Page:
Teaser Tuesdays: Little House on the Prairie

Little House on the Prairie

Teaser Tuesdays is a weekly bookish meme, hosted by MizB of Should Be Reading. Anyone can play along! Just do the following:

– Grab your current read
– Open to a random page
– Share two (2) “teaser” sentences from somewhere on that page
– BE CAREFUL NOT TO INCLUDE SPOILERS! (make sure that what you share doesn’t give too much away! You don’t want to ruin the book for others!)
– Share the title & author, too, so that other TT participants can add the book to their TBR Lists if they like your teasers!

I’m cheating this week, because I’m so tired of ads hawking everything from the best cigar deals to new cars that come with free iPads right out of the box. While I’m not particularly religious, I do think the commercialism of Christmas is way overdone. It’s exhausting, and somewhat repulsive.

It was with intention, then, that I pulled from my shelves earlier today, a couple of the “Little House” books by Laura Ingalls Wilder. This excerpt, then, is from the chapter entitled “Mr. Edwards Meets Santa Claus,” from the book Little House on the Prairie, because I’m feeling wistful for a time when something as simple as a cup of your very own meant you had an incredible Christmas. It’s a bit longer than teasers are meant to be, but it’s important to me to share it.

Something was shining bright in the top of Laura’s stocking. She squealed and jumped out of bed. So Did Mary, but Laura beat her to the fireplace. And the shining thing was a glittering new tin cup.

Mary had one exactly like it.

These new tin cups were their very own. Now they each had a cup to drink out of. Laura jumped up and down and shouted and laughed, but Mary stood still and looked with shining eyes at her own tin cup.

Then they plunged their hands into the stockings again. And they pulled out two long, long, sticks of candy. It was peppermint candy, striped red and white. They looked and looked at that beautiful candy, and Laura licked her stick, just one lick. But Mary was not so greedy. She didn’t even take one lick of her stick.

Those stockings weren’t empty yet. Mary and Laura pulled out two small packages. They unwrapped them, and each found a little heart-shaped cake. Over their delicate brown tops was sprinkled white sugar. The sparkling grains lay like tiny drifts of snow.

The cakes were too pretty to eat. Mary and Laura just looked at them. But at last Laura turned hers over, and she nibbled a tiny nibble from underneath, where it wouldn’t show. And the inside of that little cake was white!

It had been made of pure white flour, and sweetened with white sugar.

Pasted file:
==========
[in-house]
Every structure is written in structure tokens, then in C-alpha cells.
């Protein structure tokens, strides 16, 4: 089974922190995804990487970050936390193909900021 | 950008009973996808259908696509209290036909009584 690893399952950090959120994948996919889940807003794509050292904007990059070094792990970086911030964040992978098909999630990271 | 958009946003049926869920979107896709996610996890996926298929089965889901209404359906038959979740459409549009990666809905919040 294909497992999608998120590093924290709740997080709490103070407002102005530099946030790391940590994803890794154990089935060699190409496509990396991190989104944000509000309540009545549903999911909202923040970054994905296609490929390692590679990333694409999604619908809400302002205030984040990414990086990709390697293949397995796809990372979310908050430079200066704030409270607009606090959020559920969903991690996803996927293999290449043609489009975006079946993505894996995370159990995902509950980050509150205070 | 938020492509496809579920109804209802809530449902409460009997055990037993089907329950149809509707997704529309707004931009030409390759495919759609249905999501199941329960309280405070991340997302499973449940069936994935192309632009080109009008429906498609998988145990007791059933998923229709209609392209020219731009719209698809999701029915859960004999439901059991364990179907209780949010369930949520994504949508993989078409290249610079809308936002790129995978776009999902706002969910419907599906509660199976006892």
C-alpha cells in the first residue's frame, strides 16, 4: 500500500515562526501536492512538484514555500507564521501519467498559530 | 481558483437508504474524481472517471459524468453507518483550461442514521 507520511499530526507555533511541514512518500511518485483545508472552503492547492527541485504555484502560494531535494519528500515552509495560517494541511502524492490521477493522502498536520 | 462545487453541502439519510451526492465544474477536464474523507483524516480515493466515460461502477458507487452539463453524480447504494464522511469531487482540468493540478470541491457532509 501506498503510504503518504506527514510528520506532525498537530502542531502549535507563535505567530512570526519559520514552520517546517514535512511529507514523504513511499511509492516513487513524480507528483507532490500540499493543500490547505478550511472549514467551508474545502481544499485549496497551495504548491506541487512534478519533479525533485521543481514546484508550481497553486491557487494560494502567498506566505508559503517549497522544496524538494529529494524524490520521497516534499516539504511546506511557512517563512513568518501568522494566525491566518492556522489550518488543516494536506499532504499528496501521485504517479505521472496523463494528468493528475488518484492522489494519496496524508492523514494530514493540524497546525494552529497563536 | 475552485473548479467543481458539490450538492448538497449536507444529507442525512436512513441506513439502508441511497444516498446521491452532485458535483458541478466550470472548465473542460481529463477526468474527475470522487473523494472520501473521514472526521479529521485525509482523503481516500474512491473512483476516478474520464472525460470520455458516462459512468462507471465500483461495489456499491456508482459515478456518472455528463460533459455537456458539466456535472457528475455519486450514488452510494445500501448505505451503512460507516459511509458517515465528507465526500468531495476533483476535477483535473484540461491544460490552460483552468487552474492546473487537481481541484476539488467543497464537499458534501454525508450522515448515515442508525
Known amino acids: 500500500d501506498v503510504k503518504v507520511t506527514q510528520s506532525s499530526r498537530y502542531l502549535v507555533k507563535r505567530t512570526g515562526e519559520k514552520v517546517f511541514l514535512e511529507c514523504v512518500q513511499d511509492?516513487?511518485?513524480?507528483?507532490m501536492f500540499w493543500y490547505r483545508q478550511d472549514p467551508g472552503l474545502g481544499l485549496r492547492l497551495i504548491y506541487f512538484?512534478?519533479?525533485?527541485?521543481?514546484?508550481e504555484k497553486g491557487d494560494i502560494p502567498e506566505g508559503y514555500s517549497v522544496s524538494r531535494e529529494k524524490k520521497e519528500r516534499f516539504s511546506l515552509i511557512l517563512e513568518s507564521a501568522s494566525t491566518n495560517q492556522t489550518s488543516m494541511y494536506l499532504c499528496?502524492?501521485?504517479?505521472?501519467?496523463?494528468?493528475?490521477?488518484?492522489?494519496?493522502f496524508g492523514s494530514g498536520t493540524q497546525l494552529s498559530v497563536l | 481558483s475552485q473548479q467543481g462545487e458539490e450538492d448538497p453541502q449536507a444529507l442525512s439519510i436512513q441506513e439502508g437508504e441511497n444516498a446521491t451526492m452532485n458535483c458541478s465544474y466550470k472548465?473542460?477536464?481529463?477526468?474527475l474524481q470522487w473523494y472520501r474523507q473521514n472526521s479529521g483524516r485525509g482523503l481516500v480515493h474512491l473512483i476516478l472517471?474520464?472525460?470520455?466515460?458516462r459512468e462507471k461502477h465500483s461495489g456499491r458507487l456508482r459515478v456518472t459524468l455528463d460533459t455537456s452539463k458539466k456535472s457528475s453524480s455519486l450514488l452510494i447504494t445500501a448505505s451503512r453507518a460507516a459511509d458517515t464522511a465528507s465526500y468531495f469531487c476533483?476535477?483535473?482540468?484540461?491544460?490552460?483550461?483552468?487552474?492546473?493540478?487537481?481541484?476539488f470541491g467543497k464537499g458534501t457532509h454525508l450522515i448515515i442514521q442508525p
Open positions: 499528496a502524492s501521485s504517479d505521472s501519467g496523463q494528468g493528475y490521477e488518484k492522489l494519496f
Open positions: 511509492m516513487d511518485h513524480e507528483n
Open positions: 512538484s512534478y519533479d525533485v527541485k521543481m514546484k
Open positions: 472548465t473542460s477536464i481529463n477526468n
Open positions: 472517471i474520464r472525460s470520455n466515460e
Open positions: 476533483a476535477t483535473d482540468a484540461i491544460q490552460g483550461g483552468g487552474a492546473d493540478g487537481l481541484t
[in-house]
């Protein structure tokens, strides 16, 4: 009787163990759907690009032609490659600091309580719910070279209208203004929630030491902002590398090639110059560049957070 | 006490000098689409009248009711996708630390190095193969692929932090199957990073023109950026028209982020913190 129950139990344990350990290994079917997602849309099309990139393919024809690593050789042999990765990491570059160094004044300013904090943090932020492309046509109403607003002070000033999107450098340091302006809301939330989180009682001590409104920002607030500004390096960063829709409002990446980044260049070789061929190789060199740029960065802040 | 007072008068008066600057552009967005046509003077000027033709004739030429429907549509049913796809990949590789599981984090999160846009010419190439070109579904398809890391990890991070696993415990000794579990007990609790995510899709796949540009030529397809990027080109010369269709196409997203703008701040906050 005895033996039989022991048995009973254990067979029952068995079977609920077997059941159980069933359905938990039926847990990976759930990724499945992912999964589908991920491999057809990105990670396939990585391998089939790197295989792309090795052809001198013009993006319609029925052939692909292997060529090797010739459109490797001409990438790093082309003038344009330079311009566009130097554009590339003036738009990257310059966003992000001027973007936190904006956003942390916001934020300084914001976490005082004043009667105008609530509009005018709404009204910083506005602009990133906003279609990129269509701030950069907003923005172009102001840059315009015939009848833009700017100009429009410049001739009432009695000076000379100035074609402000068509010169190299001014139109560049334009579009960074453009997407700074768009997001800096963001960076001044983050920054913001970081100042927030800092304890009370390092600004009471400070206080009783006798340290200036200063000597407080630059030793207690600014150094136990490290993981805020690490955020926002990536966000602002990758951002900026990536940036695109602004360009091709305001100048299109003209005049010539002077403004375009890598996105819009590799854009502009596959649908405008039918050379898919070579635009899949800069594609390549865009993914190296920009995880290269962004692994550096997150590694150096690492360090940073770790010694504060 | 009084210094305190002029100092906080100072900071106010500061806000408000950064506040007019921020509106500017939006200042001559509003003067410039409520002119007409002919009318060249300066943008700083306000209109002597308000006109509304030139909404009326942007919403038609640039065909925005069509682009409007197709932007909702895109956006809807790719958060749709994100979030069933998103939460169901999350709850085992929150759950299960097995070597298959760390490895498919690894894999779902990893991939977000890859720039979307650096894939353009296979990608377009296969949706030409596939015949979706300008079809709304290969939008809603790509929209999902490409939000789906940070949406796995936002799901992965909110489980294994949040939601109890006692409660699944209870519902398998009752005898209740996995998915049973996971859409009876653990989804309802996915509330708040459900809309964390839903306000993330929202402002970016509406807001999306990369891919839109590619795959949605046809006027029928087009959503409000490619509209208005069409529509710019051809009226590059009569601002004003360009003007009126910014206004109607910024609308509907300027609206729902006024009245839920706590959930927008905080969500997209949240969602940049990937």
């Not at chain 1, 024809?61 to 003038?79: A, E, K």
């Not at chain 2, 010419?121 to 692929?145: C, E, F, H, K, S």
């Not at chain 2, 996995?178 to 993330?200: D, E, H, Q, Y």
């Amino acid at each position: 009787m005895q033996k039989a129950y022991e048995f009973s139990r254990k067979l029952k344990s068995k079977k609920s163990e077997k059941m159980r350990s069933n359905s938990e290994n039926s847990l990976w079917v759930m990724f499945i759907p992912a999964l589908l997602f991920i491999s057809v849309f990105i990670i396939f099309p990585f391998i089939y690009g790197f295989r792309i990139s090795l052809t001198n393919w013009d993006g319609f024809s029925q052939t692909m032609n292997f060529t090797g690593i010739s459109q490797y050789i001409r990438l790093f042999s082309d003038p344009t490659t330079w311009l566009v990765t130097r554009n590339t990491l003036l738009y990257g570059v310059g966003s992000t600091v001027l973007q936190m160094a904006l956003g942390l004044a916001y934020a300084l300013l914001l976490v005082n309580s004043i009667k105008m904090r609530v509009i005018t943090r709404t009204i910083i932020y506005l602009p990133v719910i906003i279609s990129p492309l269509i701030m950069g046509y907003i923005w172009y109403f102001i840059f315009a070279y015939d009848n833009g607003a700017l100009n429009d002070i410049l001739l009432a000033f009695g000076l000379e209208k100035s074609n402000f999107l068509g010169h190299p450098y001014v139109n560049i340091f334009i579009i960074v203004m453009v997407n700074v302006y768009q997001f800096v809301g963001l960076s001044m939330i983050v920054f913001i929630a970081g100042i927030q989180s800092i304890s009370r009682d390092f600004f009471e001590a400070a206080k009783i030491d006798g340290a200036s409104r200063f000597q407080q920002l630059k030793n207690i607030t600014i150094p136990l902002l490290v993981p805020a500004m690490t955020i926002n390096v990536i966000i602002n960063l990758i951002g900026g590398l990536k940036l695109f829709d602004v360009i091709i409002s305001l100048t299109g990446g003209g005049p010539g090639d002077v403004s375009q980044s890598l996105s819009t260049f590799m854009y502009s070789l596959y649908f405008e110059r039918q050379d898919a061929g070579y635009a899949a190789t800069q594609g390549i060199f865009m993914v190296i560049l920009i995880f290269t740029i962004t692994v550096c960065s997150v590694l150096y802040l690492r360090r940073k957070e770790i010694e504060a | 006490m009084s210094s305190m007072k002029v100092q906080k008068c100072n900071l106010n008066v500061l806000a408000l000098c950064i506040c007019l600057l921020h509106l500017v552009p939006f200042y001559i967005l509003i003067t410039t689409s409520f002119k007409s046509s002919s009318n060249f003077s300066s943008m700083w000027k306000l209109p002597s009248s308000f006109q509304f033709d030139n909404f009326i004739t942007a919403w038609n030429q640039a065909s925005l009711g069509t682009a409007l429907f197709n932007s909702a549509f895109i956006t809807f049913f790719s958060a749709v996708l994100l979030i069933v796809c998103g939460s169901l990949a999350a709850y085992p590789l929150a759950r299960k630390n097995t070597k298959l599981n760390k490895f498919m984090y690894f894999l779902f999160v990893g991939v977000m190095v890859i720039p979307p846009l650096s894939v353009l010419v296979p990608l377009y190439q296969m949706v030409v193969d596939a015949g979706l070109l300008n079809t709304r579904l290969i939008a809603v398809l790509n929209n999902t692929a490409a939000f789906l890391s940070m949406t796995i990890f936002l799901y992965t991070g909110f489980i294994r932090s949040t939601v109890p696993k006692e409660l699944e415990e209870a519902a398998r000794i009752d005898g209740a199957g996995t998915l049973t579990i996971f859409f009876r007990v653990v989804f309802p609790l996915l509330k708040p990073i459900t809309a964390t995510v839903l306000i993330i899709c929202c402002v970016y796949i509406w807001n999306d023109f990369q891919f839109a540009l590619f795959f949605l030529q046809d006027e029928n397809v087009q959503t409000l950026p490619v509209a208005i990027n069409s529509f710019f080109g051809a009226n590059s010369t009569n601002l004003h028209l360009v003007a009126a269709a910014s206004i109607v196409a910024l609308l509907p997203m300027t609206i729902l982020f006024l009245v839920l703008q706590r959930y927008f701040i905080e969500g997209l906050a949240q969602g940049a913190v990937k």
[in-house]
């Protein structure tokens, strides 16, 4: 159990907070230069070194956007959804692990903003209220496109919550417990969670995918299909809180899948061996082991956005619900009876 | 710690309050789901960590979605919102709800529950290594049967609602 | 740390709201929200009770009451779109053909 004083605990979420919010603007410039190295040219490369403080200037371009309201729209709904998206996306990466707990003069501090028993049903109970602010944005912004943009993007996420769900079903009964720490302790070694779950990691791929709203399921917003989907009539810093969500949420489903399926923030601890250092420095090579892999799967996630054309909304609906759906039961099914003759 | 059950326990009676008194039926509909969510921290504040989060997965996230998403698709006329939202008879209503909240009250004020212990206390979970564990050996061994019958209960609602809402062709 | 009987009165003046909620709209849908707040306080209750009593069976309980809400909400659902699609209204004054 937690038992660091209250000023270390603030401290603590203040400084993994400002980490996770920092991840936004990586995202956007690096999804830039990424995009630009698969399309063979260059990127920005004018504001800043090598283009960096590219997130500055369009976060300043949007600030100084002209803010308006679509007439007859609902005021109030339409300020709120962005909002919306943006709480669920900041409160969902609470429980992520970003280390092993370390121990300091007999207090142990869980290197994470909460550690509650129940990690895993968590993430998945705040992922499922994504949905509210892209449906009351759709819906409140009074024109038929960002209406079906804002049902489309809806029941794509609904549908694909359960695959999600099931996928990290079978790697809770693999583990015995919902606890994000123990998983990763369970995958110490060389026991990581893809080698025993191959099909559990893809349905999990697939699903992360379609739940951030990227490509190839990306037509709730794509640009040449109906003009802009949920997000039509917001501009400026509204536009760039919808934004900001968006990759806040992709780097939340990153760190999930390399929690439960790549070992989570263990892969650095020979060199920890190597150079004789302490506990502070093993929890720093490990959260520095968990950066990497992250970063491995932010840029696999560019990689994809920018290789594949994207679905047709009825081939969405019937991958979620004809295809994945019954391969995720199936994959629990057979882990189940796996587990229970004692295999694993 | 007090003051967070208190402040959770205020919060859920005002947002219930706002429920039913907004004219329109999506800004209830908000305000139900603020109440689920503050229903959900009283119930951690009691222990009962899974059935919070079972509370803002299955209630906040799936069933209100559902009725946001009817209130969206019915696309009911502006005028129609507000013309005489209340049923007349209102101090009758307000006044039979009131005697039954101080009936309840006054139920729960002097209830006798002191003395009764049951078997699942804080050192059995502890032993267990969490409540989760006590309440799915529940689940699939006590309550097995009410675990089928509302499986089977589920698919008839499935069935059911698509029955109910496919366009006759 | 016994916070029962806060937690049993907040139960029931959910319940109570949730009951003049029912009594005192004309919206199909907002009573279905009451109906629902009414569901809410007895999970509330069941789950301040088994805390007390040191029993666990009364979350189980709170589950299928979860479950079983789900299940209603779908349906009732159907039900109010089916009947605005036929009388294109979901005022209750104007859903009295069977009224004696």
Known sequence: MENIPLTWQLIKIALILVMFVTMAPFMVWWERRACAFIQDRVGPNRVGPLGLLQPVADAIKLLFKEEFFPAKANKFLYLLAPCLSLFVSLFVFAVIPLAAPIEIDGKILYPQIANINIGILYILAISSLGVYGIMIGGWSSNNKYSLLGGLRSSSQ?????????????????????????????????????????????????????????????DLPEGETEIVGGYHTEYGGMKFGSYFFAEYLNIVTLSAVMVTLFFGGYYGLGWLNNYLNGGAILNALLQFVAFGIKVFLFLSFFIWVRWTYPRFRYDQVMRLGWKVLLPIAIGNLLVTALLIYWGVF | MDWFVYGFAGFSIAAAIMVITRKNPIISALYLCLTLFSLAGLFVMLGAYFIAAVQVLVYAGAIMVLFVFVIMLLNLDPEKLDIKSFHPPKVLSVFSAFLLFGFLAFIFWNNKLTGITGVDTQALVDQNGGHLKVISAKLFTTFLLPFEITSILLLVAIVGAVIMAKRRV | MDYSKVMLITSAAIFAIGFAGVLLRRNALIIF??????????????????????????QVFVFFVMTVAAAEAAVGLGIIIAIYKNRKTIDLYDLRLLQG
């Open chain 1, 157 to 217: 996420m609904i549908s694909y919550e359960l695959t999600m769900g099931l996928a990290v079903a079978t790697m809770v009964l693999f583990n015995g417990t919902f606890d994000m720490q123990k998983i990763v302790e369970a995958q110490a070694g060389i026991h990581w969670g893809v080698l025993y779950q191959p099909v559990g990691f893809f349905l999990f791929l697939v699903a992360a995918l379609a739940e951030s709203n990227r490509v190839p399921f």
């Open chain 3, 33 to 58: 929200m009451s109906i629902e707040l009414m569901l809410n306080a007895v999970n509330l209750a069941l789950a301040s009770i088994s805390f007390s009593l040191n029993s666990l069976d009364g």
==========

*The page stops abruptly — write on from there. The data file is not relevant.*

Laura and Mary never would have looked in their stockings again. The cups and the cakes and the candy were almost too much. They were too happy to speak. But Ma asked if they were sure the stockings were empty.

Then they put their arms down inside them, to make sure.

And in the very toe of each stocking was a shining bright, new penny!

They had never even thought of such a thing as having a penny. Think of having a whole penny for your very own. Think of having a cup and a cake and a stick of candy and a penny.

There never had been such a Christmas.

Book Review: Immoveable Feast: A Paris Christmas, by John Baxter

Immoveable Feast: A Paris ChristmasImmoveable Feast: A Paris Christmas
John Baxter
Get it at Amazon

John Baxter has long been one of my favorite essayists, and not just because he writes about life as an ex-pat living in Paris.

In his most recent offering, An Immoveable Feast, (and yes, the title is a reference to a certain Hemingway publication) Baxter is his usual charming self, as he writes of his adventures in planning the Christmas Feasts to end all Christmas Feasts, for his wife’s very picky, very French family.

While the entire book is incredibly amusing, my favorite chapters involve the hunt for a whole pig, still in its own skin, to be roasted for dinner. Apparently, it is not the custom to serve pork in its skin, in France, and only something extremely un-French will be able to really impress the family. Baxter relays the expressions of butchers and other vendors so well that you can hear the accents and see their gesticulations.

The flaw in this book? It made me so hungry I had to keep putting it down so I wouldn’t drool on the pages.

Goes well with: Bacon. Lots and lots of bacon. And a slice of mince pie.